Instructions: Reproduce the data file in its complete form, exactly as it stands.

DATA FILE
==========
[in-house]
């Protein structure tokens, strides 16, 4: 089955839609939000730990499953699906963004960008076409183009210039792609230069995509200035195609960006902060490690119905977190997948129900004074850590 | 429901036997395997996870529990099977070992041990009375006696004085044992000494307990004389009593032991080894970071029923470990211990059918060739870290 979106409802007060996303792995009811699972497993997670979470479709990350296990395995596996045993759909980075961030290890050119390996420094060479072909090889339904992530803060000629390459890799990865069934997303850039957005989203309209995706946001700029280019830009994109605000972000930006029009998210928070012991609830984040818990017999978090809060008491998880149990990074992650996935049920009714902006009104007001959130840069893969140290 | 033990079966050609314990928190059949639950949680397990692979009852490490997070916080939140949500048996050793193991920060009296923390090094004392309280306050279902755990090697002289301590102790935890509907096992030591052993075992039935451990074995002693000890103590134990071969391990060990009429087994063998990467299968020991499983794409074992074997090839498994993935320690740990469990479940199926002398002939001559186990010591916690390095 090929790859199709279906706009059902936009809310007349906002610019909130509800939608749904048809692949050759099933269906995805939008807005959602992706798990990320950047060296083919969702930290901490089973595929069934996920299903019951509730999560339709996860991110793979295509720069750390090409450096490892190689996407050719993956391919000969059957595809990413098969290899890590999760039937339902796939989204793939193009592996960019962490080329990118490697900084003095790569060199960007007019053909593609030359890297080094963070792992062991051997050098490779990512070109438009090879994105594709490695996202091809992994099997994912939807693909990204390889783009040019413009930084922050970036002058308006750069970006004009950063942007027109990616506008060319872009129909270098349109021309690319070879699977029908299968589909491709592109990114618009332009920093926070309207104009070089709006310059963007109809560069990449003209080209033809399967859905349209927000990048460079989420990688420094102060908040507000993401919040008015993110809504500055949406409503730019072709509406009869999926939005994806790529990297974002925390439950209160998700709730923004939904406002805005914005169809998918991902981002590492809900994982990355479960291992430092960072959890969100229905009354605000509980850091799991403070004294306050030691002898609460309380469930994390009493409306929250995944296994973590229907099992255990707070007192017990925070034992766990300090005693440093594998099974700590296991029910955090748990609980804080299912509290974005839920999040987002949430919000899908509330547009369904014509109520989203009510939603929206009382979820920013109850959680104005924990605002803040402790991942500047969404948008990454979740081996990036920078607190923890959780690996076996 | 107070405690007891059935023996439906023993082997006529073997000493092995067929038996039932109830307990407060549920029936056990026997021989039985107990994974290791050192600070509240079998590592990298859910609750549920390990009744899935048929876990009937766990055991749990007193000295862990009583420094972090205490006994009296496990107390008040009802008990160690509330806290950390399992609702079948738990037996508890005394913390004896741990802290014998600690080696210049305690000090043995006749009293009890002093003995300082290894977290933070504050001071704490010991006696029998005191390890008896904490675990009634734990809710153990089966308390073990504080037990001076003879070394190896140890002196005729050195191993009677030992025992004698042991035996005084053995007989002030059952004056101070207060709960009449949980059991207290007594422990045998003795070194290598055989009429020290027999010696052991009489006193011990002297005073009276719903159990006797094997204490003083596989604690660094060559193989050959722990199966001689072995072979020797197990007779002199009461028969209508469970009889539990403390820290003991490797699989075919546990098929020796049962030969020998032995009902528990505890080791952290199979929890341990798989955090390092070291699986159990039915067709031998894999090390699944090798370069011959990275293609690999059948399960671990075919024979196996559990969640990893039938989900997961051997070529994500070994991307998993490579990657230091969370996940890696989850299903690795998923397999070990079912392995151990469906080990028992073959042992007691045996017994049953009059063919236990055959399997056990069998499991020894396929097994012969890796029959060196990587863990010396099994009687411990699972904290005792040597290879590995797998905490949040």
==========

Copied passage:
[in-house]
């Protein structure tokens, strides 16, 4: 089955839609939000730990499953699906963004960008076409183009210039792609230069995509200035195609960006902060490690119905977190997948129900004074850590 | 429901036997395997996870529990099977070992041990009375006696004085044992000494307990004389009593032991080894970071029923470990211990059918060739870290 979106409802007060996303792995009811699972497993997670979470479709990350296990395995596996045993759909980075961030290890050119390996420094060479072909090889339904992530803060000629390459890799990865069934997303850039957005989203309209995706946001700029280019830009994109605000972000930006029009998210928070012991609830984040818990017999978090809060008491998880149990990074992650996935049920009714902006009104007001959130840069893969140290 | 033990079966050609314990928190059949639950949680397990692979009852490490997070916080939140949500048996050793193991920060009296923390090094004392309280306050279902755990090697002289301590102790935890509907096992030591052993075992039935451990074995002693000890103590134990071969391990060990009429087994063998990467299968020991499983794409074992074997090839498994993935320690740990469990479940199926002398002939001559186990010591916690390095 090929790859199709279906706009059902936009809310007349906002610019909130509800939608749904048809692949050759099933269906995805939008807005959602992706798990990320950047060296083919969702930290901490089973595929069934996920299903019951509730999560339709996860991110793979295509720069750390090409450096490892190689996407050719993956391919000969059957595809990413098969290899890590999760039937339902796939989204793939193009592996960019962490080329990118490697900084003095790569060199960007007019053909593609030359890297080094963070792992062991051997050098490779990512070109438009090879994105594709490695996202091809992994099997994912939807693909990204390889783009040019413009930084922050970036002058308006750069970006004009950063942007027109990616506008060319872009129909270098349109021309690319070879699977029908299968589909491709592109990114618009332009920093926070309207104009070089709006310059963007109809560069990449003209080209033809399967859905349209927000990048460079989420990688420094102060908040507000993401919040008015993110809504500055949406409503730019072709509406009869999926939005994806790529990297974002925390439950209160998700709730923004939904406002805005914005169809998918991902981002590492809900994982990355479960291992430092960072959890969100229905009354605000509980850091799991403070004294306050030691002898609460309380469930994390009493409306929250995944296994973590229907099992255990707070007192017990925070034992766990300090005693440093594998099974700590296991029910955090748990609980804080299912509290974005839920999040987002949430919000899908509330547009369904014509109520989203009510939603929206009382979820920013109850959680104005924990605002803040402790991942500047969404948008990454979740081996990036920078607190923890959780690996076996 | 107070405690007891059935023996439906023993082997006529073997000493092995067929038996039932109830307990407060549920029936056990026997021989039985107990994974290791050192600070509240079998590592990298859910609750549920390990009744899935048929876990009937766990055991749990007193000295862990009583420094972090205490006994009296496990107390008040009802008990160690509330806290950390399992609702079948738990037996508890005394913390004896741990802290014998600690080696210049305690000090043995006749009293009890002093003995300082290894977290933070504050001071704490010991006696029998005191390890008896904490675990009634734990809710153990089966308390073990504080037990001076003879070394190896140890002196005729050195191993009677030992025992004698042991035996005084053995007989002030059952004056101070207060709960009449949980059991207290007594422990045998003795070194290598055989009429020290027999010696052991009489006193011990002297005073009276719903159990006797094997204490003083596989604690660094060559193989050959722990199966001689072995072979020797197990007779002199009461028969209508469970009889539990403390820290003991490797699989075919546990098929020796049962030969020998032995009902528990505890080791952290199979929890341990798989955090390092070291699986159990039915067709031998894999090390699944090798370069011959990275293609690999059948399960671990075919024979196996559990969640990893039938989900997961051997070529994500070994991307998993490579990657230091969370996940890696989850299903690795998923397999070990079912392995151990469906080990028992073959042992007691045996017994049953009059063919236990055959399997056990069998499991020894396929097994012969890796029959060196990587863990010396099994009687411990699972904290005792040597290879590995797998905490949040």